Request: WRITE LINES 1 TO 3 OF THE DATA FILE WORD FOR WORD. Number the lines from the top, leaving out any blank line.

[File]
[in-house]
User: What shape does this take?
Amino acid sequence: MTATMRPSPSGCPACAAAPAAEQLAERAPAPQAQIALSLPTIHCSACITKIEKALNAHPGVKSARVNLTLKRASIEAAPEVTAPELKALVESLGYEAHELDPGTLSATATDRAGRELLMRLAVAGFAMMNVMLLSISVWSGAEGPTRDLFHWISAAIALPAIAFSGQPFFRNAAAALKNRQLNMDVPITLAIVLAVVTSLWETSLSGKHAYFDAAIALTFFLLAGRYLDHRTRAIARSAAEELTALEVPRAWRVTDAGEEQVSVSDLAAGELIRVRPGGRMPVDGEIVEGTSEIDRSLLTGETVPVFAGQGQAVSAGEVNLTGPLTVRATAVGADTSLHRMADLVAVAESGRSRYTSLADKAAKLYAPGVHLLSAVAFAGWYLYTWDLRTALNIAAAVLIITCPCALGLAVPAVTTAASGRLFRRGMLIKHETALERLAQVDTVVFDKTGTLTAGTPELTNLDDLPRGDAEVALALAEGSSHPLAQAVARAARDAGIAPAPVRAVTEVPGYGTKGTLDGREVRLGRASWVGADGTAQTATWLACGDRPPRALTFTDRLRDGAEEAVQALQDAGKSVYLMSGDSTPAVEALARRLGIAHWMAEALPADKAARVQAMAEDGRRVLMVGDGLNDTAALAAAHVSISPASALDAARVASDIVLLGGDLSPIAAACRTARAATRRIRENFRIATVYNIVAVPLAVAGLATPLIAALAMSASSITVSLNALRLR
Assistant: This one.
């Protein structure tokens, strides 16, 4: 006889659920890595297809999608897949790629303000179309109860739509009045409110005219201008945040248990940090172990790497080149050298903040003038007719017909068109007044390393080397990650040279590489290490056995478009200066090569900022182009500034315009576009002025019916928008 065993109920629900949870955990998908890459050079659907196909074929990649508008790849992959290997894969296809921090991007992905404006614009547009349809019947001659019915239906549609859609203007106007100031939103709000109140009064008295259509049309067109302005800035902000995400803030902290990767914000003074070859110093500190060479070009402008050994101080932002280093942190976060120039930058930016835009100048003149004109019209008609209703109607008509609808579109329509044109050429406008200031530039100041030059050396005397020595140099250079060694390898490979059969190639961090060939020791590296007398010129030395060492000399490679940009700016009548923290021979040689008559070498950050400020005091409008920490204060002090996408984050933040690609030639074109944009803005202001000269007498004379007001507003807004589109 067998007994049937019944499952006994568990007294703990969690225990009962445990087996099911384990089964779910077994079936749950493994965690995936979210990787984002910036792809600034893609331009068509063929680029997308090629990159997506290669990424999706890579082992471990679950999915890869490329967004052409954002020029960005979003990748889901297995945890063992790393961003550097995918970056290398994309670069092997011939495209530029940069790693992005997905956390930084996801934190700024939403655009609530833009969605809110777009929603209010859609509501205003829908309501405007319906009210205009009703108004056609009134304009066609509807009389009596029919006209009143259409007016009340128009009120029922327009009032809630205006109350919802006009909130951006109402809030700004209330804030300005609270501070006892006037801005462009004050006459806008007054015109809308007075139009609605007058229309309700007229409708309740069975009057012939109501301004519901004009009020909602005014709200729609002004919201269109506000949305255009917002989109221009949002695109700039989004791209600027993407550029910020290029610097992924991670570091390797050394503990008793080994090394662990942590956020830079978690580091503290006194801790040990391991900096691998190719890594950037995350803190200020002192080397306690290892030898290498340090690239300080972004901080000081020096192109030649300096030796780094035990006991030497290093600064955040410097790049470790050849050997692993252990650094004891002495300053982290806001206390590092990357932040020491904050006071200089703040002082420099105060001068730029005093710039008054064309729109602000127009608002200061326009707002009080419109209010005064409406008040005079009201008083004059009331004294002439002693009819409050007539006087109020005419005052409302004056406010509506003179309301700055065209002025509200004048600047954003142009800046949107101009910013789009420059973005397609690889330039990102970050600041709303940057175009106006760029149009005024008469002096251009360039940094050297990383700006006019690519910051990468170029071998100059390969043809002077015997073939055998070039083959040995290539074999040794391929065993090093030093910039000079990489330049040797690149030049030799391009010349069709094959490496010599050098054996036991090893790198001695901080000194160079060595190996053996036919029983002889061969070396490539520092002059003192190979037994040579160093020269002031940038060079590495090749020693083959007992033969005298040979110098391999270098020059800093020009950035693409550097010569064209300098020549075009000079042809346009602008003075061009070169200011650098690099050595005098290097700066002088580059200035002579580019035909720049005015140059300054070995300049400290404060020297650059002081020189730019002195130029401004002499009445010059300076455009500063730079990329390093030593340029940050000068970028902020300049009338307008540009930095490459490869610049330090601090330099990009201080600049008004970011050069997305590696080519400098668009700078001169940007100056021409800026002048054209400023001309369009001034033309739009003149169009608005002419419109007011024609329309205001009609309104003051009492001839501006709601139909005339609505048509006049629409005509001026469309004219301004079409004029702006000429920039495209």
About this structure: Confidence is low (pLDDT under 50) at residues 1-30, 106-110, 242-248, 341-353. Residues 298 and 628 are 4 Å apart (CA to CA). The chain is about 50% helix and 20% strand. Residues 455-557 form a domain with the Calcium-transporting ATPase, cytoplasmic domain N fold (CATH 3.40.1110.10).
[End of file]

[in-house]
User: What shape does this take?
Amino acid sequence: MTATMRPSPSGCPACAAAPAAEQLAERAPAPQAQIALSLPTIHCSACITKIEKALNAHPGVKSARVNLTLKRASIEAAPEVTAPELKALVESLGYEAHELDPGTLSATATDRAGRELLMRLAVAGFAMMNVMLLSISVWSGAEGPTRDLFHWISAAIALPAIAFSGQPFFRNAAAALKNRQLNMDVPITLAIVLAVVTSLWETSLSGKHAYFDAAIALTFFLLAGRYLDHRTRAIARSAAEELTALEVPRAWRVTDAGEEQVSVSDLAAGELIRVRPGGRMPVDGEIVEGTSEIDRSLLTGETVPVFAGQGQAVSAGEVNLTGPLTVRATAVGADTSLHRMADLVAVAESGRSRYTSLADKAAKLYAPGVHLLSAVAFAGWYLYTWDLRTALNIAAAVLIITCPCALGLAVPAVTTAASGRLFRRGMLIKHETALERLAQVDTVVFDKTGTLTAGTPELTNLDDLPRGDAEVALALAEGSSHPLAQAVARAARDAGIAPAPVRAVTEVPGYGTKGTLDGREVRLGRASWVGADGTAQTATWLACGDRPPRALTFTDRLRDGAEEAVQALQDAGKSVYLMSGDSTPAVEALARRLGIAHWMAEALPADKAARVQAMAEDGRRVLMVGDGLNDTAALAAAHVSISPASALDAARVASDIVLLGGDLSPIAAACRTARAATRRIRENFRIATVYNIVAVPLAVAGLATPLIAALAMSASSITVSLNALRLR